Boston Celtics Co-Owner Says Risk is the Key to Success
KENNESAW, Ga. (May 2, 2019) — While Rob Hale is one of the most successful entrepreneurs in the country – he runs a telecommunications firm with $1.5 billion in annual revenue – he has also experienced his fair share of failures, like losing nearly the same amount in a high-profile 2002 bankruptcy.
However, he says these failures are what ultimately taught him how to be successful.
Speaking to students in the Michael J. Coles College of Business as part of the Tetley Distinguished Leader Lecture Series, Hale encouraged an auditorium of aspiring entrepreneurs to take risks while they are young and always to learn from their mistakes; two lessons that have shaped Hale’s own life.
Hale is the co-founder and CEO of Granite Telecommunications, which provides voice and data services to two-thirds of Fortune 500 businesses. He also owns a real estate business, a private equity firm, and the Boston Cannons professional lacrosse team, and is co-owner of the Boston Celtics NBA franchise. Ernst and Young previously named Hale its Entrepreneur of the Year.
In early 2002, things looked very different for Hale. The telecom company he started in 1991 at 23-years-old went bankrupt when the technology industry bubble burst, resulting in the loss of 400 jobs and a personal loss for Hale of more than $1 billion.
“The Boston Globe used to run stories when I was hot calling me ‘the boy billionaire,” he said. “When my business started to go down, they started calling me ‘the busted boy billionaire….I don’t think there are too many more bad things that could happen to a business person that didn’t happen to me.”
Despite the pain of losing his company and letting his staff go, Hale said this experience taught him the importance of not letting failure prevent him from taking risks.
“The great things that I get to do now were enabled by risk-taking,” he said. “If I hadn’t taken risks when I was your age, failed, and learned that I could handle the negativity that comes from it, I don’t think I would have been able to handle the significant adverse negativity that I faced in 2002.”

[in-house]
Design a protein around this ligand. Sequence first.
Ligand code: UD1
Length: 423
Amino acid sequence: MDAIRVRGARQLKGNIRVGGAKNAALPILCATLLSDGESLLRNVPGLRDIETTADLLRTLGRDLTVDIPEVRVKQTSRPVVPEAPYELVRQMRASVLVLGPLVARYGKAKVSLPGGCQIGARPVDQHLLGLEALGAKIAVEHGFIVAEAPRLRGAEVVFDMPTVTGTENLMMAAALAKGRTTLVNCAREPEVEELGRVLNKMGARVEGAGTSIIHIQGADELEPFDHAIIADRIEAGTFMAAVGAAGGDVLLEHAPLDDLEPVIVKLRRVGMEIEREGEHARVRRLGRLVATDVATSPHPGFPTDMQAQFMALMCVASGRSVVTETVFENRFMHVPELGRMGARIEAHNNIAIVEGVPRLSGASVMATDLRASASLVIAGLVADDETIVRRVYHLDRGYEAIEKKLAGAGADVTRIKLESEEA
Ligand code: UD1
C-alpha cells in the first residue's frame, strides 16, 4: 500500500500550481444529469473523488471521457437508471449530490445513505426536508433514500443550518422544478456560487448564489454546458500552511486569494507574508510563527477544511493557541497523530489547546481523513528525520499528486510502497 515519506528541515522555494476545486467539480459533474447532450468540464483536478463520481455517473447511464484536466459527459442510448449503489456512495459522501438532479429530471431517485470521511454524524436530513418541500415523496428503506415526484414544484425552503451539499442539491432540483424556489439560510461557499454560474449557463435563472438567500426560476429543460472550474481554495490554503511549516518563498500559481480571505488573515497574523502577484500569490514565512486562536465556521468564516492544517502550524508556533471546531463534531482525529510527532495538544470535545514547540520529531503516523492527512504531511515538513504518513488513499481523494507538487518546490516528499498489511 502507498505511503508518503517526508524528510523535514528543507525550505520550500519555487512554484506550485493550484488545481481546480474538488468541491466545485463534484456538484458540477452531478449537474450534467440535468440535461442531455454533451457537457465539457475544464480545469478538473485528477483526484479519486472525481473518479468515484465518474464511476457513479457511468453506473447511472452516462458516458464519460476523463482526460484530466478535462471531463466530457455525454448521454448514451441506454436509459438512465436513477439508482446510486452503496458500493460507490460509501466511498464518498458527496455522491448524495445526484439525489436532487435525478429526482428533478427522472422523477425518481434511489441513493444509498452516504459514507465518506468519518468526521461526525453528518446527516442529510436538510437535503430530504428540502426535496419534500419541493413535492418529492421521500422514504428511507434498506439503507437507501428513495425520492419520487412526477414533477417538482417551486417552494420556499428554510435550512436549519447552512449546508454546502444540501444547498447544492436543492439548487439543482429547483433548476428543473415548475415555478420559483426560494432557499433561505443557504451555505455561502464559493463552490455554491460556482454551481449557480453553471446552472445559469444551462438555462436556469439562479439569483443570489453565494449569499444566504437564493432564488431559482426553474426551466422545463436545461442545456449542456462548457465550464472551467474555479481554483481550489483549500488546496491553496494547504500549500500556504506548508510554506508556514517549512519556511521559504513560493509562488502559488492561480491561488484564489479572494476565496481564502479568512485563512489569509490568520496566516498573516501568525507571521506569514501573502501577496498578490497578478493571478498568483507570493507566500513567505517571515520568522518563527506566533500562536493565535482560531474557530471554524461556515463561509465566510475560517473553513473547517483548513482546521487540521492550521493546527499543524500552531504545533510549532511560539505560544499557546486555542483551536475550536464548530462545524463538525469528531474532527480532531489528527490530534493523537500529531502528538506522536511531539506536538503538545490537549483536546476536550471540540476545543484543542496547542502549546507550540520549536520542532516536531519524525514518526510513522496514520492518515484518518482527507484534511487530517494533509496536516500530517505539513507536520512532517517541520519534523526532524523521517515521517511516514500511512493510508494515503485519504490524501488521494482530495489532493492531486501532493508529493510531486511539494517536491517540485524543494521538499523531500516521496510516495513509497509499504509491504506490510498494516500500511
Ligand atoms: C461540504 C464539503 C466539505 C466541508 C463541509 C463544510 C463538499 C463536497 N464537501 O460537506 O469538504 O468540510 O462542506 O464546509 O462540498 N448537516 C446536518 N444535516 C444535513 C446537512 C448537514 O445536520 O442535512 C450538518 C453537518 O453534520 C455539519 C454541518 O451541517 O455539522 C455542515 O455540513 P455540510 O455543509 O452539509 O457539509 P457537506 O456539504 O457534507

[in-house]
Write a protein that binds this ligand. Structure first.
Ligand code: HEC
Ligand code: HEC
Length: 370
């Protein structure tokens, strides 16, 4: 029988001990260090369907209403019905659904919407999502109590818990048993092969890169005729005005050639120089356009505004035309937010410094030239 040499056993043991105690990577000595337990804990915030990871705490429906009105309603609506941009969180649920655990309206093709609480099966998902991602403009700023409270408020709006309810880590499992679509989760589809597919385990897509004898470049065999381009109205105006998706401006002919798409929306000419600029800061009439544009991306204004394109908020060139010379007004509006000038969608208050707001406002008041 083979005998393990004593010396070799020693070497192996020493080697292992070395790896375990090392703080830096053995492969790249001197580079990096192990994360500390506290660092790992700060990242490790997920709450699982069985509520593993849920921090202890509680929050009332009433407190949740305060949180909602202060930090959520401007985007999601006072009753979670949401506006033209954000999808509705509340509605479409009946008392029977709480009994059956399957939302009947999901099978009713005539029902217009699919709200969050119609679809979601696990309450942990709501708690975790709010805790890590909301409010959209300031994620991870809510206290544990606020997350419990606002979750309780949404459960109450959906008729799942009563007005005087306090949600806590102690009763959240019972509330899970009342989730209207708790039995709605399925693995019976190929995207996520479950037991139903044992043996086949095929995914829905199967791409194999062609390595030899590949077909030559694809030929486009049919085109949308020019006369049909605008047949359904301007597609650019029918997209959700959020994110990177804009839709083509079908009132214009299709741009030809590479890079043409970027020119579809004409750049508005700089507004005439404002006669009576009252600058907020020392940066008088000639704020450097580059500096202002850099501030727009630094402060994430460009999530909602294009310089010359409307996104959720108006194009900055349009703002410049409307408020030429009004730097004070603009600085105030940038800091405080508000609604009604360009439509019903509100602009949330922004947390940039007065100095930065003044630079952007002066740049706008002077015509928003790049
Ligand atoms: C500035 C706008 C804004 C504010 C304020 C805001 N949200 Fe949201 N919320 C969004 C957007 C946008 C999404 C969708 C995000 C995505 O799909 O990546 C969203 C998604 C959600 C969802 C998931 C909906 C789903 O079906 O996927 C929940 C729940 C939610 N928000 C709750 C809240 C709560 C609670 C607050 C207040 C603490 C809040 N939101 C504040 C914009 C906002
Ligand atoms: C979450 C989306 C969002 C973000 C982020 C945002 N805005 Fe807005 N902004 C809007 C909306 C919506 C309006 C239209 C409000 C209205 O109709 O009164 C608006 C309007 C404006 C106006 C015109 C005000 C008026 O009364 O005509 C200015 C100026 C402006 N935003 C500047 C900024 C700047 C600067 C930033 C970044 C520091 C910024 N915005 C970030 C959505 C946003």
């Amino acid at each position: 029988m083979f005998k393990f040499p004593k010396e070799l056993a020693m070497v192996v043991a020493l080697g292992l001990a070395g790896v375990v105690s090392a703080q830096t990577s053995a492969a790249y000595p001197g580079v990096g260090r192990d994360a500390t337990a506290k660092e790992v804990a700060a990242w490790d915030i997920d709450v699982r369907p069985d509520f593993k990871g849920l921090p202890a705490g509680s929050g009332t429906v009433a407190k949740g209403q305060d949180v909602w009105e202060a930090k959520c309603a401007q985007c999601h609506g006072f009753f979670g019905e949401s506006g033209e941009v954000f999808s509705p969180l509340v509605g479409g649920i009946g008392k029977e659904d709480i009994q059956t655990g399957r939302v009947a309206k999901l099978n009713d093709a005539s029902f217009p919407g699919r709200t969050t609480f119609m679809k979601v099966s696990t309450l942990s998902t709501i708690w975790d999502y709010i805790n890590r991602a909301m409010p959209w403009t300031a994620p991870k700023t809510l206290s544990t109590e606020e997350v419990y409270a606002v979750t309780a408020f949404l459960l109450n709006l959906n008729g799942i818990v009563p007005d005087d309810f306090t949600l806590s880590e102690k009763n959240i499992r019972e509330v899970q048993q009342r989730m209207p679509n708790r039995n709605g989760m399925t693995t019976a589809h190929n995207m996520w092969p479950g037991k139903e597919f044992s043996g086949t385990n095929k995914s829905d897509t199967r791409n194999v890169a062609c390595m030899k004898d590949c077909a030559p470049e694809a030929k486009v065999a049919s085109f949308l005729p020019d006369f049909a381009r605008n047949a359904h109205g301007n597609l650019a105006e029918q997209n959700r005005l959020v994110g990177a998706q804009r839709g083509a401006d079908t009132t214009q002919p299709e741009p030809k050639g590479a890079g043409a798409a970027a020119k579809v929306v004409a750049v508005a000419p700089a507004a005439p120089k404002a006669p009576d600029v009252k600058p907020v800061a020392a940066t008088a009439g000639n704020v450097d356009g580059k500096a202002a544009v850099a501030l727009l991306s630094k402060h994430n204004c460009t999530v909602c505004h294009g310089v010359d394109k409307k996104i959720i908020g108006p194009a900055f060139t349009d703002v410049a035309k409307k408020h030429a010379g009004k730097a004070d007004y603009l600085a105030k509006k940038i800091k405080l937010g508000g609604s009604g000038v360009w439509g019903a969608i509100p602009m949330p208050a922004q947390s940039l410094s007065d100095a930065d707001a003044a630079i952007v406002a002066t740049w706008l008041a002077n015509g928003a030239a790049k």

Just two months after the bankruptcy, Hale and his father started Granite Telecom, which has since grown into a key player in the industry.
Hale shared with the students how a last-minute job change early in his career set him on the path to success. After college, he secured a coveted position with Proctor and Gamble purchasing retail space at grocery stores. The job was the first step on a track that could have put him in the P&G corporate office.
Unfortunately, he found the work unsatisfying. Hale has always considered himself a salesman, and wanted a position that allowed him to sell to a wider variety of customers. He left P&G and took a job as a telemarketer for MCI (a company eventually absorbed into Verizon), which was his entry into the telecom industry.
Hale wanted students to take two lessons away from that story. The first being that they should never settle on a career that they are not passionate about.
“Had I listened to what people near and dear to me said, I don’t know if I would be here talking to you today,” Hale said. “I took a job where you work in real sales immediately, and I loved every moment of it.”
Second, he hopes his story highlights the importance of taking risks while you are young.
“At your age, those things are lifer-altering,” he said. “It’s like Armageddon. But, I learned I can accept defeat and everything that comes with it. And if I crave the positive, then I will take chances.”
Made possible by a generous donation from former Tetley, Inc. CEO Hank McInerney, the Tetley Series brings prominent business and community leaders to Kennesaw State University to engage with students. Other speakers this academic year include Debbie Pike, former Chief Marketing Officer for Arby’s, and Michael Coles, co-founder of the Great American Cookie Company.
Hale’s participation in the Tetley Series is the latest collaboration between his organization and Coles College. Granite Telecom is a frequent supporter of the College’s Center for Professional Selling, including hosting classroom presentations, providing internship and employee shadowing opportunities, and sponsoring the center’s National Collegiate Sales Competition.
“The most successful salespeople are the ones who try to make a meaningful difference in the lives of their customers and those around them,” said Dr. Terry Lowe, Co-Director of the CPS. “Rob epitomizes this by the differences he makes not only in the lives of his customers and employees, but in the lives of many people across this great country.”
In addition to being a successful entrepreneur, Hale is also a passionate philanthropist. Last year, he and his wife donated $115 million to fight cancer, build research facilities, and fund scholarships. In 2018, The Boston Business Journal named Granite the second-most philanthropic business in Boston.
Hale concluded his presentation by inspiring the students to choose the careers and lives that they want, not the ones that are easy.
“Take chances,” he said. “If you fail, all you’re going to do is learn. Second, follow your heart because the energy, enthusiasm and vigor that you bring with you will make you successful.”
Photos by Rosa Zavala-Castillo